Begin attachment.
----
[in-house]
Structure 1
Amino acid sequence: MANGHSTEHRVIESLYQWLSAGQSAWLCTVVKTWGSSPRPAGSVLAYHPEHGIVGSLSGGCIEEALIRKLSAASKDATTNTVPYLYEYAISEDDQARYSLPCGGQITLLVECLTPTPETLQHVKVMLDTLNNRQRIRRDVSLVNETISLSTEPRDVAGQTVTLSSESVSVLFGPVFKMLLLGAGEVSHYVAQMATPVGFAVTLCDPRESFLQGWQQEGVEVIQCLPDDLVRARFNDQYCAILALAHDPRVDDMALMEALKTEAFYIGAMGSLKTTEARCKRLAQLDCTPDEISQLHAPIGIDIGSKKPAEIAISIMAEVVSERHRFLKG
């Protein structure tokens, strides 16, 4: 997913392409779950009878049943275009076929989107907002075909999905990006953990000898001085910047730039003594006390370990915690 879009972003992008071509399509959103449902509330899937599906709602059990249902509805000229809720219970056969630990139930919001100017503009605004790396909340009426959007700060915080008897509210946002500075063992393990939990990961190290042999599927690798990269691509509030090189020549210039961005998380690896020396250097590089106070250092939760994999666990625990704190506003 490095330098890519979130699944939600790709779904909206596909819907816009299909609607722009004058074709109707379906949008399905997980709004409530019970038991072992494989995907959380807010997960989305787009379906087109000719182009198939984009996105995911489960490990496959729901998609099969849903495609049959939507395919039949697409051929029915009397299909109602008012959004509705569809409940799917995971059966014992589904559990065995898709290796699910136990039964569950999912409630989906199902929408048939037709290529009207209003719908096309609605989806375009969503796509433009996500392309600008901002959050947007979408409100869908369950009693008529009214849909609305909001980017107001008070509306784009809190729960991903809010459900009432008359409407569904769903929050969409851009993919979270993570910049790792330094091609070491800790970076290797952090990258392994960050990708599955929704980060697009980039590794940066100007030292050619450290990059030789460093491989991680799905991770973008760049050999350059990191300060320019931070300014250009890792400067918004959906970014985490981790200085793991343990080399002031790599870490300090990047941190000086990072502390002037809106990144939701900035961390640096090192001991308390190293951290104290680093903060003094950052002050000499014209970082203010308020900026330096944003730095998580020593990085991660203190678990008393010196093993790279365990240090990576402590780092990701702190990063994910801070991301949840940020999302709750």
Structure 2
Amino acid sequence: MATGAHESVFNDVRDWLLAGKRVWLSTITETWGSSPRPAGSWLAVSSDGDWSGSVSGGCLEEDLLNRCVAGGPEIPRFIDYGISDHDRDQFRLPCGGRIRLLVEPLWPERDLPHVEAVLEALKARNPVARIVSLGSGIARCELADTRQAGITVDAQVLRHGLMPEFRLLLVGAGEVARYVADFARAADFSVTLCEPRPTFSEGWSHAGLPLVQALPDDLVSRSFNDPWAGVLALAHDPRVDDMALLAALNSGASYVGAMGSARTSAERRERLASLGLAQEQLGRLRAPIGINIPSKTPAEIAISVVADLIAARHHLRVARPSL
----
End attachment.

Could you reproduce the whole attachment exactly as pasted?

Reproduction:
[in-house]
Structure 1
Amino acid sequence: MANGHSTEHRVIESLYQWLSAGQSAWLCTVVKTWGSSPRPAGSVLAYHPEHGIVGSLSGGCIEEALIRKLSAASKDATTNTVPYLYEYAISEDDQARYSLPCGGQITLLVECLTPTPETLQHVKVMLDTLNNRQRIRRDVSLVNETISLSTEPRDVAGQTVTLSSESVSVLFGPVFKMLLLGAGEVSHYVAQMATPVGFAVTLCDPRESFLQGWQQEGVEVIQCLPDDLVRARFNDQYCAILALAHDPRVDDMALMEALKTEAFYIGAMGSLKTTEARCKRLAQLDCTPDEISQLHAPIGIDIGSKKPAEIAISIMAEVVSERHRFLKG
């Protein structure tokens, strides 16, 4: 997913392409779950009878049943275009076929989107907002075909999905990006953990000898001085910047730039003594006390370990915690 879009972003992008071509399509959103449902509330899937599906709602059990249902509805000229809720219970056969630990139930919001100017503009605004790396909340009426959007700060915080008897509210946002500075063992393990939990990961190290042999599927690798990269691509509030090189020549210039961005998380690896020396250097590089106070250092939760994999666990625990704190506003 490095330098890519979130699944939600790709779904909206596909819907816009299909609607722009004058074709109707379906949008399905997980709004409530019970038991072992494989995907959380807010997960989305787009379906087109000719182009198939984009996105995911489960490990496959729901998609099969849903495609049959939507395919039949697409051929029915009397299909109602008012959004509705569809409940799917995971059966014992589904559990065995898709290796699910136990039964569950999912409630989906199902929408048939037709290529009207209003719908096309609605989806375009969503796509433009996500392309600008901002959050947007979408409100869908369950009693008529009214849909609305909001980017107001008070509306784009809190729960991903809010459900009432008359409407569904769903929050969409851009993919979270993570910049790792330094091609070491800790970076290797952090990258392994960050990708599955929704980060697009980039590794940066100007030292050619450290990059030789460093491989991680799905991770973008760049050999350059990191300060320019931070300014250009890792400067918004959906970014985490981790200085793991343990080399002031790599870490300090990047941190000086990072502390002037809106990144939701900035961390640096090192001991308390190293951290104290680093903060003094950052002050000499014209970082203010308020900026330096944003730095998580020593990085991660203190678990008393010196093993790279365990240090990576402590780092990701702190990063994910801070991301949840940020999302709750």
Structure 2
Amino acid sequence: MATGAHESVFNDVRDWLLAGKRVWLSTITETWGSSPRPAGSWLAVSSDGDWSGSVSGGCLEEDLLNRCVAGGPEIPRFIDYGISDHDRDQFRLPCGGRIRLLVEPLWPERDLPHVEAVLEALKARNPVARIVSLGSGIARCELADTRQAGITVDAQVLRHGLMPEFRLLLVGAGEVARYVADFARAADFSVTLCEPRPTFSEGWSHAGLPLVQALPDDLVSRSFNDPWAGVLALAHDPRVDDMALLAALNSGASYVGAMGSARTSAERRERLASLGLAQEQLGRLRAPIGINIPSKTPAEIAISVVADLIAARHHLRVARPSL